Not too long ago, a young friend of mine was dying. Late one evening, as I prepared to leave his hospice room, I bent over to whisper, “I love you.” And through his tears, he replied, “I’m so lucky! I’m so lucky!” Those words struck me. Here he was—on what could have been the last day of his life—yet he was crying with joy. As I drove away that night, I was very confident of one thing: My friend was in good hands. The thankfulness in his heart was an overwhelming sign that he knew God is good, not by hearsay but by experience.
The astronomer Carl Sagan once said, “If you wish to make apple pie from scratch, you must first create the universe.” While I’m not the sharpest tool in the shed, I think he was implying that we must never take the gift of apples for granted. In fact, we must never take anything for granted—from clean water to breathable air, from joints that bend to bones that don’t, from carefree living to caring friends. That’s why, in my mind, ingratitude is the most offensive of sins, indeed the origin and cause of all sins. Without gratitude, we take life, and all that makes life worth living, for granted.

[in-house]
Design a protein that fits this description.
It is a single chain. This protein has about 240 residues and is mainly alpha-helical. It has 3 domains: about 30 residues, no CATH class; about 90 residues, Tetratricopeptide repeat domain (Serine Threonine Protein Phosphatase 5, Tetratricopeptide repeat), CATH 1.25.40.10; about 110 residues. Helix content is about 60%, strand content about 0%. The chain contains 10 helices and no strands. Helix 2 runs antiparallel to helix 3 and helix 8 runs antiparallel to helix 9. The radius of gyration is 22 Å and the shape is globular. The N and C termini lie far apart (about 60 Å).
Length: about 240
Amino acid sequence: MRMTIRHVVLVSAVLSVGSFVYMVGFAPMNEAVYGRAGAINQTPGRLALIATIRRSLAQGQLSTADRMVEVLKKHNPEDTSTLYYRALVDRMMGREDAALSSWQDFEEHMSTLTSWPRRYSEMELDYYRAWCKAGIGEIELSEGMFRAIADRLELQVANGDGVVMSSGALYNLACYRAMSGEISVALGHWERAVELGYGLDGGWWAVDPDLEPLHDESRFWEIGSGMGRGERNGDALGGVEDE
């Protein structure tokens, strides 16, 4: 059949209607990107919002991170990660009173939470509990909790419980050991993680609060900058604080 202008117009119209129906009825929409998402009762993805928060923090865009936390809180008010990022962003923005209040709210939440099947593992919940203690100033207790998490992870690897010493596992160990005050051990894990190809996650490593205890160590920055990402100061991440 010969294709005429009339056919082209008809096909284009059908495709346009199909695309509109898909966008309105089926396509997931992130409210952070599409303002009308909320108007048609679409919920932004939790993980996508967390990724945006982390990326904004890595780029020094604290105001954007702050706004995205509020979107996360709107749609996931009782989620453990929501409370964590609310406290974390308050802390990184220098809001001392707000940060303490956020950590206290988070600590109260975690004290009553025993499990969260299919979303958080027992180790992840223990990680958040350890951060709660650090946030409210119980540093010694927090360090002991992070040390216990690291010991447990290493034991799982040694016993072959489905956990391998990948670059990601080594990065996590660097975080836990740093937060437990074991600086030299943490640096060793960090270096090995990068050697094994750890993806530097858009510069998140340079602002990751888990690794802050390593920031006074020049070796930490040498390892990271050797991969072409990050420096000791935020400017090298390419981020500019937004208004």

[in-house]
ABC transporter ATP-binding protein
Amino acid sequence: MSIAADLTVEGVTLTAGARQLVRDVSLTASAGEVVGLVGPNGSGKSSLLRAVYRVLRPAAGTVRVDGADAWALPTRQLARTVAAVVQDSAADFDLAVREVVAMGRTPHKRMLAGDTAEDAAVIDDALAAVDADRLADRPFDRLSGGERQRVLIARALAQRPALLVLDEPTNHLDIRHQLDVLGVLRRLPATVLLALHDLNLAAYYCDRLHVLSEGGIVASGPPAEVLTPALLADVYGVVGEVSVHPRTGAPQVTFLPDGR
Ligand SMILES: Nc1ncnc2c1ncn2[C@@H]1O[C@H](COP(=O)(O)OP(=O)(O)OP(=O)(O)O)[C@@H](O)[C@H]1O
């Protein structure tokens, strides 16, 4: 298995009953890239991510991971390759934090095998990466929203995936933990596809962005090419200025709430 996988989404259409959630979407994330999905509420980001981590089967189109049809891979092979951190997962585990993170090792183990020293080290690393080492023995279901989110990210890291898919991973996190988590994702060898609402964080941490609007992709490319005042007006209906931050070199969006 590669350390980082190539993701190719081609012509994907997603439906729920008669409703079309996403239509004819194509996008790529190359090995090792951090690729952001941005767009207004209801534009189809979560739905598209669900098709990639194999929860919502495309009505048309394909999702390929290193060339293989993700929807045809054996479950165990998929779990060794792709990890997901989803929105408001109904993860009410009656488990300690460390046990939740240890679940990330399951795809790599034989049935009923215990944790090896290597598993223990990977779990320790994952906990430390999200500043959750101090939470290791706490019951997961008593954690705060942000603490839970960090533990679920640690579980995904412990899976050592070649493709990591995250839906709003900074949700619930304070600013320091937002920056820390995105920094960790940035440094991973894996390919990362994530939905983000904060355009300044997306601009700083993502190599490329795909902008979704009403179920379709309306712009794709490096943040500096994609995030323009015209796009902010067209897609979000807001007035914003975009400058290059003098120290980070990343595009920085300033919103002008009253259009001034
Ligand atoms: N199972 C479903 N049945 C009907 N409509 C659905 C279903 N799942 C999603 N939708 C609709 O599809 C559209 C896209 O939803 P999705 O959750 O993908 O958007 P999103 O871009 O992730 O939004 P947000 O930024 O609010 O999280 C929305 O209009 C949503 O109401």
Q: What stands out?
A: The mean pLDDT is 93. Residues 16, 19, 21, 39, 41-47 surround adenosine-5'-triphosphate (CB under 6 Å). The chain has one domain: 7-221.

If we have a thankful heart, we’ll see all of creation as a gift from God. We’ll see our personal life in a similar way, and the words “thank you” will often be on our lips—during prayer with God and in our conversations with others. Those two words, “thank you,” may in fact be the two most important words we ever speak.
To be thankful is to recognize the love of God in everything that is given to us.
Despite its challenges, life is not a problem to be solved; it is an amazing gift to be received and cherished. To be thankful is to recognize the love of God in everything that is given to us. The crashing of ocean waves, the color of the sky, the song of a bird, a word of kindness, the sound of children’s laughter, the sun on our face, the companionship of friends, the taste of sea air, the shape of clouds in summer, the scent of a flower—there are endless gifts in each individual life. If we are preoccupied with what is lost and what is broken and wrong, we lose the astonishing harvest of all these tiny gifts, one piled upon the other, that accumulate without our recognizing them. If we watch more carefully for the infinite blessings of a single day, this will not discount or demolish our sorrows. But it will help us remember how strong and rich we can be, even in the midst of suffering. A single word of thankfulness can transform a moment of sorrow into a moment of peace and joy.